Nats Insider Gets Readers to Subsidize Spring Training

Getting people to pay directly for the content they read is a concept so novel, it actually seems to be working. Well, in a few cases, at least. ↵

↵We talked several weeks ago with C. Trent Rosencrans of CNATI.com, who hoped to raise $4,000 from user-generated donations to cover the Cincinnati Reds during Spring Training. To date, CNATI has raised $5696.33 – or 142% of what they were trying to raise – through 175 contributors, which is an average of just over $32.50 per donation. That's pretty awesome. ↵

↵

↵The drive has been such a success for CNATI that other people are using the idea for their trips to Spring Training. Mark Zuckerman was the Washington Nationals beat writer for The Washington Times before the publication unceremoniously dumped their entire sports section at the end of the year, leaving a host of solid, long-time, sports reporters out in the cold. Zuckerman is one of the few who has decided to continue covering his beat, on his own, and created the blog Nats Insider.  ↵

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↵⇥You've all made it clear you want comprehensive coverage of the Nats, the kind that's hard to find elsewhere on the web. You don't just want another run-of-the mill blog that riffs off other media outlets' reports. You want a site that covers it all from the frontline, from someone who has access to every player and team official, and from someone who can provide the kind of first-hand accounts afforded only to a select few members of the media. ↵⇥

↵⇥In other words, you want a site that covers spring training in its entirety. ↵⇥

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↵Zuckerman has a list of what different donation amounts will get you: $20 will get you an exclusive daily audio file of manager Jim Riggleman's media session, $40 will get manager and player audio, while $60 gets you three starts at second base…or the ability to send in questions he'll pose to players during Spring Training. One of those. ↵

↵Best I can tell, Zuckerman started his site about a week ago and posted his intention to go to Spring Training on Monday morning. Just 16 hours later – is that possible? – Zuckerman raised more than $6010 for his trip, collecting 120% of what he was looking to raise and bringing in more than $37 per contributor. That's a lot of people at second base. ↵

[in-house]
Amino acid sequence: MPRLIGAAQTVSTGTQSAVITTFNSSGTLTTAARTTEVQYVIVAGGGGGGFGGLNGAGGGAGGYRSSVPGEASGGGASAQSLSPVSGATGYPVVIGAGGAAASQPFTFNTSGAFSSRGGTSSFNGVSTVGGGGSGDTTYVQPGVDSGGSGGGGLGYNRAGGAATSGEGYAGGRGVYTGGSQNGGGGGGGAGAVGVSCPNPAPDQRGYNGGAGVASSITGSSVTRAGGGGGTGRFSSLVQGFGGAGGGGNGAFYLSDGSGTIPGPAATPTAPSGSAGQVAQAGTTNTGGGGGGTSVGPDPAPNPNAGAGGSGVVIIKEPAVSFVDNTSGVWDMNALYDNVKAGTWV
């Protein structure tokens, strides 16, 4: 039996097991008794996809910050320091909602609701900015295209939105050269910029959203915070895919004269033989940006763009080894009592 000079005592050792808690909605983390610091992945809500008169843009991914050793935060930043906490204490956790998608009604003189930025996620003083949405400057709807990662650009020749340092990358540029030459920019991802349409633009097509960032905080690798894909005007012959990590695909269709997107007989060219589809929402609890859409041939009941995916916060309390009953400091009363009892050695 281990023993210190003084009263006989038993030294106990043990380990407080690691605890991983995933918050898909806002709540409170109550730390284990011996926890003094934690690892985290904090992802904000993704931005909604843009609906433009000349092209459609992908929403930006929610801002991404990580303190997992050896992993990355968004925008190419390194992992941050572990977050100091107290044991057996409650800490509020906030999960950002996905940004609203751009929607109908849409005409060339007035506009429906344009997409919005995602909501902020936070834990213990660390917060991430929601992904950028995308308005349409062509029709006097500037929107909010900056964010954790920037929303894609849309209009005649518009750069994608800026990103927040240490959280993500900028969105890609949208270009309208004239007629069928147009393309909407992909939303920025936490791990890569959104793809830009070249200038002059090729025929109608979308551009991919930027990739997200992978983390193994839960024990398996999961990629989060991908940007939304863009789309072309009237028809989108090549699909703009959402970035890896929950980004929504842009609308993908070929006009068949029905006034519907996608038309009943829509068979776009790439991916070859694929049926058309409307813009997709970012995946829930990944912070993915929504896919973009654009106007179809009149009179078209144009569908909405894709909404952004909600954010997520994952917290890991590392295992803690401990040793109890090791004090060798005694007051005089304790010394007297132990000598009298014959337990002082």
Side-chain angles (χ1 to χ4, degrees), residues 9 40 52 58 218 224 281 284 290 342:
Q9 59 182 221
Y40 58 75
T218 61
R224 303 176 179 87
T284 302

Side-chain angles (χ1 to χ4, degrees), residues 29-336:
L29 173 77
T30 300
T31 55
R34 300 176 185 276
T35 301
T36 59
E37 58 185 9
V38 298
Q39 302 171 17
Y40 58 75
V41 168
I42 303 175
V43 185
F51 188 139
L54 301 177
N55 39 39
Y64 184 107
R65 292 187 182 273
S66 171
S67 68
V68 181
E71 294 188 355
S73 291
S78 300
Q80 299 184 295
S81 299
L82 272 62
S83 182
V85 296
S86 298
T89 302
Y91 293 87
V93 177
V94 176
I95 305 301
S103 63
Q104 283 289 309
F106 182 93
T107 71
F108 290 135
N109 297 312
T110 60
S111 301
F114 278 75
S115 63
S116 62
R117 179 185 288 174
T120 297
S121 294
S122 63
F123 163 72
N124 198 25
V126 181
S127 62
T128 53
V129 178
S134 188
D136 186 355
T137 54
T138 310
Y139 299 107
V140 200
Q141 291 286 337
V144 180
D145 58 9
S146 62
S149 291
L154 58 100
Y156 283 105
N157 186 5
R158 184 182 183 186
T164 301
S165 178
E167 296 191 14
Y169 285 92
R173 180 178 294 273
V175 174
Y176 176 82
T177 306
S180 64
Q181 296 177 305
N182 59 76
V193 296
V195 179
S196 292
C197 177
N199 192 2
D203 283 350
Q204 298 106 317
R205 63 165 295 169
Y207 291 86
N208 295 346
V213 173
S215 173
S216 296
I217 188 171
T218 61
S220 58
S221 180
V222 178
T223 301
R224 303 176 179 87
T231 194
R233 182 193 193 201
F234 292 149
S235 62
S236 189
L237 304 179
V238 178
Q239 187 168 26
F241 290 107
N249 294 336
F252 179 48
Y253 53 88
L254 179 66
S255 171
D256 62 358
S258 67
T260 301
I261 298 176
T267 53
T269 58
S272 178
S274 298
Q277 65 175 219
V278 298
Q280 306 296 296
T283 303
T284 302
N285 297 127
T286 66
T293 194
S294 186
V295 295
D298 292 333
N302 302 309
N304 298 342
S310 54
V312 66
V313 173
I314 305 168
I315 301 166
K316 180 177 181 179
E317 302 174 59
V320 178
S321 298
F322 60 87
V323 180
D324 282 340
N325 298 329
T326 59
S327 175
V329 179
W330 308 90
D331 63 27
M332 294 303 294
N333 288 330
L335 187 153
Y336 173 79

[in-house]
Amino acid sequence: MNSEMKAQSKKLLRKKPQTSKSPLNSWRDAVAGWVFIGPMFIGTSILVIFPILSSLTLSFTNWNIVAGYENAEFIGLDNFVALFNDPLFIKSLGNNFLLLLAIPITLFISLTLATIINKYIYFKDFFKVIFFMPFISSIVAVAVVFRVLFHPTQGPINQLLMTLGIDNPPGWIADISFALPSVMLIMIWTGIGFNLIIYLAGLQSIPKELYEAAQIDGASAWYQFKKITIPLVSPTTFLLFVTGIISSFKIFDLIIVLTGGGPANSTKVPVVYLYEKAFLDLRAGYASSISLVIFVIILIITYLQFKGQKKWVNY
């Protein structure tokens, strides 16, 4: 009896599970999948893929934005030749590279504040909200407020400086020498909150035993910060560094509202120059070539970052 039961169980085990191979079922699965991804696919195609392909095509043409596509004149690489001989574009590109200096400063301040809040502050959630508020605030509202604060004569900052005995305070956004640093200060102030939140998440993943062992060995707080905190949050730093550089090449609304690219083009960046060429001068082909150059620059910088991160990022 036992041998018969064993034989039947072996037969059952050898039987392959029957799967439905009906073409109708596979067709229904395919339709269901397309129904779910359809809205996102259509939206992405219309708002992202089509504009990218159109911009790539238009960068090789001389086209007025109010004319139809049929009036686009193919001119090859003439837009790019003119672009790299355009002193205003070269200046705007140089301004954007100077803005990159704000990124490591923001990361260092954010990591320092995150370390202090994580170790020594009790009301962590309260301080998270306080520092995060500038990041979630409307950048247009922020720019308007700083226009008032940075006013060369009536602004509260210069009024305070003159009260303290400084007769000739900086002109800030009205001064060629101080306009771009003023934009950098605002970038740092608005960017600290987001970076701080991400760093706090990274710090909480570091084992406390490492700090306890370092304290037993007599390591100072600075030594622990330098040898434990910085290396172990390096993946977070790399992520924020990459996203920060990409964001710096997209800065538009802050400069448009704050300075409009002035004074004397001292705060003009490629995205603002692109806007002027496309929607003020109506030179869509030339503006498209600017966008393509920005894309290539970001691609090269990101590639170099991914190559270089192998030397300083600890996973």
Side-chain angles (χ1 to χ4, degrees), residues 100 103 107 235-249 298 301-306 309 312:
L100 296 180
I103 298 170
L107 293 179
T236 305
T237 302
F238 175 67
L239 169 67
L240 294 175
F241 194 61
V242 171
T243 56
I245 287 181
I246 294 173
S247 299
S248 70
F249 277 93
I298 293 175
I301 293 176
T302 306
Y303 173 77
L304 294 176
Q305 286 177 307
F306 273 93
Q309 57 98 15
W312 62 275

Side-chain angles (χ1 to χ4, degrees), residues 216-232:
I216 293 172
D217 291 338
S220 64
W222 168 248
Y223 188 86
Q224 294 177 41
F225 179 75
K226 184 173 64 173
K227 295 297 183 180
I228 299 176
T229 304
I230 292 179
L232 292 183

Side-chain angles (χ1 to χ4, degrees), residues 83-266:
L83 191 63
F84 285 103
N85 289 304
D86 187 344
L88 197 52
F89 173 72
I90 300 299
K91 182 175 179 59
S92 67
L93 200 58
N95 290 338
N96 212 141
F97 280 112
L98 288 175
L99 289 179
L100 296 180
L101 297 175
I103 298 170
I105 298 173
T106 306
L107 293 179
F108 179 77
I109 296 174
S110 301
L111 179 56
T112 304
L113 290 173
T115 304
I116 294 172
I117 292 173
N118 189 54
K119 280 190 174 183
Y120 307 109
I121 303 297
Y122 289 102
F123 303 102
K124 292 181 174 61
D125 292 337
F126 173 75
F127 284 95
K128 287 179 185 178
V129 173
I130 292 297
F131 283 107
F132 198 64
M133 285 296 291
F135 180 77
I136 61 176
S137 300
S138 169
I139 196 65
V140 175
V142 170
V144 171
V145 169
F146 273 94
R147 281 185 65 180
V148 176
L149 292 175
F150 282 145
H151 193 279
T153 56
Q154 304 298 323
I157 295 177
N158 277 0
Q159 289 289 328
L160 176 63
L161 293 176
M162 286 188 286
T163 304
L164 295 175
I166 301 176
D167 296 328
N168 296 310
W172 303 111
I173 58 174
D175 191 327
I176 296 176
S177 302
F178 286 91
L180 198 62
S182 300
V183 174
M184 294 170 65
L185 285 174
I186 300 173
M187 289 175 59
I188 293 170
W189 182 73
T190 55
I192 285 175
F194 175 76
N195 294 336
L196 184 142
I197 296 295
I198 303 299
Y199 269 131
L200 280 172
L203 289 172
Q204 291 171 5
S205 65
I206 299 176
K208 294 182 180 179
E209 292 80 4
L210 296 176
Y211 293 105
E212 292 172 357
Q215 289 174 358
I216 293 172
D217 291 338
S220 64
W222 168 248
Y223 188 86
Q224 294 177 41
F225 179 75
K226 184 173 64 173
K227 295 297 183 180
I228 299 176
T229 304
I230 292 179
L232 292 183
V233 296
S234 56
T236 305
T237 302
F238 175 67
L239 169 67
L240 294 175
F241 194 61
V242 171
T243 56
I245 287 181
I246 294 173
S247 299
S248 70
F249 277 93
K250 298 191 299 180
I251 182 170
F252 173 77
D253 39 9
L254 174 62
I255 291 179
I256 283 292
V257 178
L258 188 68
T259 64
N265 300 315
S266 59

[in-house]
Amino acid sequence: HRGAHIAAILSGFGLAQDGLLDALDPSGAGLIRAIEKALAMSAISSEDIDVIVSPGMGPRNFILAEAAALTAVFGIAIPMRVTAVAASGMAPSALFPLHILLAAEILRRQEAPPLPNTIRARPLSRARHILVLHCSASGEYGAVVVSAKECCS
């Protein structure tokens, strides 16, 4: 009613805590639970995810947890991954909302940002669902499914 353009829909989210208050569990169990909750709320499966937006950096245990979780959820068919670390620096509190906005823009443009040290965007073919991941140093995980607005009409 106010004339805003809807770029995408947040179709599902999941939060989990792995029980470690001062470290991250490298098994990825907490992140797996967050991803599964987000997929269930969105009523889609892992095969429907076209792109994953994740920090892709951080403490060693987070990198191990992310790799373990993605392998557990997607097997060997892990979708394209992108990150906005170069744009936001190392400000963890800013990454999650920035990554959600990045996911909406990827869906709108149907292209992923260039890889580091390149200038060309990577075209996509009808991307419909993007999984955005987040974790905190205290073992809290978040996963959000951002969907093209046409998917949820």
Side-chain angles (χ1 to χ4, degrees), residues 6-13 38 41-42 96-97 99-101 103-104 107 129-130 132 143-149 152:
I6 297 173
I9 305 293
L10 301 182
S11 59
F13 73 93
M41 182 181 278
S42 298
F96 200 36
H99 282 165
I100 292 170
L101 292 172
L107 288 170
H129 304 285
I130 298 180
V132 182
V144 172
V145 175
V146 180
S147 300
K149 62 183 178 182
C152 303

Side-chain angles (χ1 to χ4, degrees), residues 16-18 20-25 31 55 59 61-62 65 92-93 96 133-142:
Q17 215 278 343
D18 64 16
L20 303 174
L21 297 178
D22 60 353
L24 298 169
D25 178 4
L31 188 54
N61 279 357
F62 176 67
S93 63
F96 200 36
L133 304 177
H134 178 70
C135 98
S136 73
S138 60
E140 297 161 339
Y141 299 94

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↵Keep in mind, with both of the examples above, the money raised is barely enough to get through Spring Training and will just be used for lodging, transportation and food during the trip and not going into the pockets of each writer to, you know, pay rent or utilities or take care of their families. So if you still want to donate, they'll be happy to take the money. ↵

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↵User-generated donations seem to work for specific projects like this (USS Mariner has done drives in the past to pay for server upgrades or even pay college tuition bills) but can the business model be expanded to cover an entire season? Could enough money be raised for independent media outlets – or heck, even fan blogs – through donation boxes on a website for it to survive on reader subsidization alone? Would a reader who donated $50 for Spring Training coverage be willing to donate $300 for the season? Or would 1,000 Nats (or Reds) fans be willing to pay $100 each for the season? What about getting 2,000 readers to pony up $50 for the year? This is the kind of thing sportswriters never had to worry about, but there's not a lot of choice now. ↵

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↵The model of giving away some information for free with more information going to subscribers works all over the internet – Baseball Prospectus, for a sport-specific example, has always survived this way. At some point, corporate sponsorship is always the more sustainable option, but it will be interesting to see if the model can be expanded and independent media, on a team-specific, local level, can succeed on the backs of its readers. Besides, in these two cases, it's not like you can just go buy the paper anymore. ↵

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This post originally appeared on the Sporting Blog. For more, see The Sporting Blog Archives.

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